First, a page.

When William Stidger taught at Boston University, he once reflected upon the great number of unthanked people in his life. Those who had helped nurture him, inspire him or who cared enough about him to leave a lasting impression.
One was a schoolteacher he’d not heard of in many years. But he remembered that she had gone out of her way to put a love of verse in him, and Will had loved poetry all his life. He wrote a letter of thanks to her.
The reply he received, written in the feeble scrawl of the aged, began, “My dear Willie.” He was delighted. Now over 50, bald and a professor, he didn’t think there was a person left in the world who would call him “Willie.” Here is that letter: “My dear Willie,
I cannot tell you how much your note meant to me. I am in my eighties, living alone in a small room, cooking my own meals, lonely and,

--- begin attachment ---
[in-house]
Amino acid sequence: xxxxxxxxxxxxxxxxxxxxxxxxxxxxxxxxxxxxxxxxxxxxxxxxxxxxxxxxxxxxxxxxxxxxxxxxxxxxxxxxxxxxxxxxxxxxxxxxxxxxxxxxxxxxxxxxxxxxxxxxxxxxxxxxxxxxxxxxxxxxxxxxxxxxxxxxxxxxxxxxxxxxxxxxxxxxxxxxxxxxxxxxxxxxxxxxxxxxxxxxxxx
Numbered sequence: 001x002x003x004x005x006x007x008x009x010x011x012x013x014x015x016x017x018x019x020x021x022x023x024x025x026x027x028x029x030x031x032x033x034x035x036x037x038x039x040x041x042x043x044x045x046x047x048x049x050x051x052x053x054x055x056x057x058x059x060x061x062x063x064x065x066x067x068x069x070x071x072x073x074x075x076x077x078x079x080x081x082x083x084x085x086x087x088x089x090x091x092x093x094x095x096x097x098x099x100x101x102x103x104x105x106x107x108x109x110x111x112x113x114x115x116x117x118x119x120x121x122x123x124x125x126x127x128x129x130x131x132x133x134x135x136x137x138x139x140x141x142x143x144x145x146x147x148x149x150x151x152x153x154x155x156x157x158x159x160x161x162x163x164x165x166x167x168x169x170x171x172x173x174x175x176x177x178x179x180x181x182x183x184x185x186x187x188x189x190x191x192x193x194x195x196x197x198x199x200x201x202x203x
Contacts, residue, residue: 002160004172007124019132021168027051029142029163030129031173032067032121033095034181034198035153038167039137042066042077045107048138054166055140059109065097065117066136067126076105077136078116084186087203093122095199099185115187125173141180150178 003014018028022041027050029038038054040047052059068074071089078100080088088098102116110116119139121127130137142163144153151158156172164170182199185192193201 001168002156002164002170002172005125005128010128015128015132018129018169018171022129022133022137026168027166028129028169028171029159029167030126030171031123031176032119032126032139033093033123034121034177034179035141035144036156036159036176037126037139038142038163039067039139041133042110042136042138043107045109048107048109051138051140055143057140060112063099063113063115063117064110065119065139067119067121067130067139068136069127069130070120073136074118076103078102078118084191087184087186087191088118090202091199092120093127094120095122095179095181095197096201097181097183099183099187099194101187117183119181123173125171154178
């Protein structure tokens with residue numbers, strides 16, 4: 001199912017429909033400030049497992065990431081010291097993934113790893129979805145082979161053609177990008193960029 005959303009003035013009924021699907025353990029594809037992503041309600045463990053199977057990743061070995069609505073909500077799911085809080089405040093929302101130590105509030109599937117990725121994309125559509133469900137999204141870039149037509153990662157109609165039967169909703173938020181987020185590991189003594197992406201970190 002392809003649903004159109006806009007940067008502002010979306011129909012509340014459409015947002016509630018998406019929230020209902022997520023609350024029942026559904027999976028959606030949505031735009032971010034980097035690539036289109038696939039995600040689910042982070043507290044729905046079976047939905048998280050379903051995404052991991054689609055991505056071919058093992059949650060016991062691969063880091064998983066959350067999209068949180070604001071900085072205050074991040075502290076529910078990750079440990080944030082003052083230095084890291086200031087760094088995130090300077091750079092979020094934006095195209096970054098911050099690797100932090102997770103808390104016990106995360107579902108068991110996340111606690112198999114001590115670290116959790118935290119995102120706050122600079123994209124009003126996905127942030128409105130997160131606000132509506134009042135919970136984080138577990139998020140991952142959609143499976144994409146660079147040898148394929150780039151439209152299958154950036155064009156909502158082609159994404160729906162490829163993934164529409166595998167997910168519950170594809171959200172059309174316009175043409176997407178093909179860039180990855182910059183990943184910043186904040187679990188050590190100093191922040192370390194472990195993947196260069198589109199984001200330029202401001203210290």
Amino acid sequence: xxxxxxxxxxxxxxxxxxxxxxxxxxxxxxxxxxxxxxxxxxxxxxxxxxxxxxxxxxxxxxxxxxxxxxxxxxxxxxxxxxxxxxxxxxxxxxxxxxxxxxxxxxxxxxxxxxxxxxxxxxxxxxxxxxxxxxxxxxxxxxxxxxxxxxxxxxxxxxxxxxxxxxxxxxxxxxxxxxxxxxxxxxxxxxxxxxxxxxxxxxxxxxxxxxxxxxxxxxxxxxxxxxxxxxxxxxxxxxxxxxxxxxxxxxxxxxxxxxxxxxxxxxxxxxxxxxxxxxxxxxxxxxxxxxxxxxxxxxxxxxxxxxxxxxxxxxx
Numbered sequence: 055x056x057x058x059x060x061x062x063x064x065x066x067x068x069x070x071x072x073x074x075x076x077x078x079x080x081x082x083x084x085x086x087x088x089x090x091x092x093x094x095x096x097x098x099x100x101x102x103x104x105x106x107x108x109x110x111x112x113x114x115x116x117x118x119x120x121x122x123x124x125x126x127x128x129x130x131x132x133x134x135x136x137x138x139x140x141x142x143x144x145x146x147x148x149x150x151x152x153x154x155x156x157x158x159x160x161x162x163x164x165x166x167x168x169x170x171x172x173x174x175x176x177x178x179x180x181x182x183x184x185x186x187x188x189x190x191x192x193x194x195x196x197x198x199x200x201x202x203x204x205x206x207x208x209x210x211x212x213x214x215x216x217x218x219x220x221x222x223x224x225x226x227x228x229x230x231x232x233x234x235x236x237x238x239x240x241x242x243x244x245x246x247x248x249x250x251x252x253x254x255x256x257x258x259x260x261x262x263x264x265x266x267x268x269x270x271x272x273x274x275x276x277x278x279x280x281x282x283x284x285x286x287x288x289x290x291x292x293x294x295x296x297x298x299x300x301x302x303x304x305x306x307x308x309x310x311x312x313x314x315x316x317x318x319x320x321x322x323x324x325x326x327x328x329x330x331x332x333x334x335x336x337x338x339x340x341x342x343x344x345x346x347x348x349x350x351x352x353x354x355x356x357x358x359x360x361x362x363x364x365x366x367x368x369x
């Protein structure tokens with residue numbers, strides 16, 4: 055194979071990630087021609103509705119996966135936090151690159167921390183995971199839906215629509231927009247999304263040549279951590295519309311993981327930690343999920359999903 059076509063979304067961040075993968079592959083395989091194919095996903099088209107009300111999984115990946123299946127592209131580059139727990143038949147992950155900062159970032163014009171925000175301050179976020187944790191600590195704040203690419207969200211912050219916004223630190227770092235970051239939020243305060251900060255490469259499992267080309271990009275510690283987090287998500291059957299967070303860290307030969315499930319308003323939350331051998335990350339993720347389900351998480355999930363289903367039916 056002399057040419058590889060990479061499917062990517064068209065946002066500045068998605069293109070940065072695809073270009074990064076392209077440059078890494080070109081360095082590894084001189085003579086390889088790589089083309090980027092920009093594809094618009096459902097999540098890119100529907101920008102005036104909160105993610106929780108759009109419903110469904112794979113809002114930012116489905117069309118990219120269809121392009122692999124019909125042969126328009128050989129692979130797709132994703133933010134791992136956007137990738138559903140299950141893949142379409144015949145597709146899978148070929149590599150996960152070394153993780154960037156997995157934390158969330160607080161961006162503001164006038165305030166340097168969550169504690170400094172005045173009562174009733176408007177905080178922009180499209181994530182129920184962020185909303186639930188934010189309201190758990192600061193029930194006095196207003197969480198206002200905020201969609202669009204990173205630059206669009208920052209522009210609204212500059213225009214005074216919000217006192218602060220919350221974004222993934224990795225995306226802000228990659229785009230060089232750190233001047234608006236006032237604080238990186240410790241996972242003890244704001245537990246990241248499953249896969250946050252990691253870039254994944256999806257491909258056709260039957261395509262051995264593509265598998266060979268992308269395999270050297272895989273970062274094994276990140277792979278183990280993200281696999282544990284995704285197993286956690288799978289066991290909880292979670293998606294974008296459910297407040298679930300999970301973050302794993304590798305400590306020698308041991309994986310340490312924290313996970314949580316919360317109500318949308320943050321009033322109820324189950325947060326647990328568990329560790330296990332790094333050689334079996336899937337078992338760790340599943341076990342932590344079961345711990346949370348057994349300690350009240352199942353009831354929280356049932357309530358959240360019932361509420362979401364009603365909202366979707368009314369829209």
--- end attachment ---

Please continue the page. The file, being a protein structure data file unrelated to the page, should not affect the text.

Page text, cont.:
like the last leaf of autumn, lingering behind. You will be interested to know that I taught school for 50 years and yours is the first note of appreciation I ever received. It came on a blue-cold morning and it cheered me as nothing has in many years.”
Not prone to cry easily, Bill wept over that note. She was one of the great un-thanked people from Bill’s past. You know them. We all do. The teacher who made a difference. That coach we’ll never forget. The music instructor or Sunday school worker who helped us to believe in ourselves. That scout leader who cared.
We all remember people who shaped our lives in various ways. People whose influence changed us. Bill Stidger found a way to show his appreciation – he wrote them letters.
Who are some of the un-thanked people from your past? It may not be too late to say, “Thanks.”
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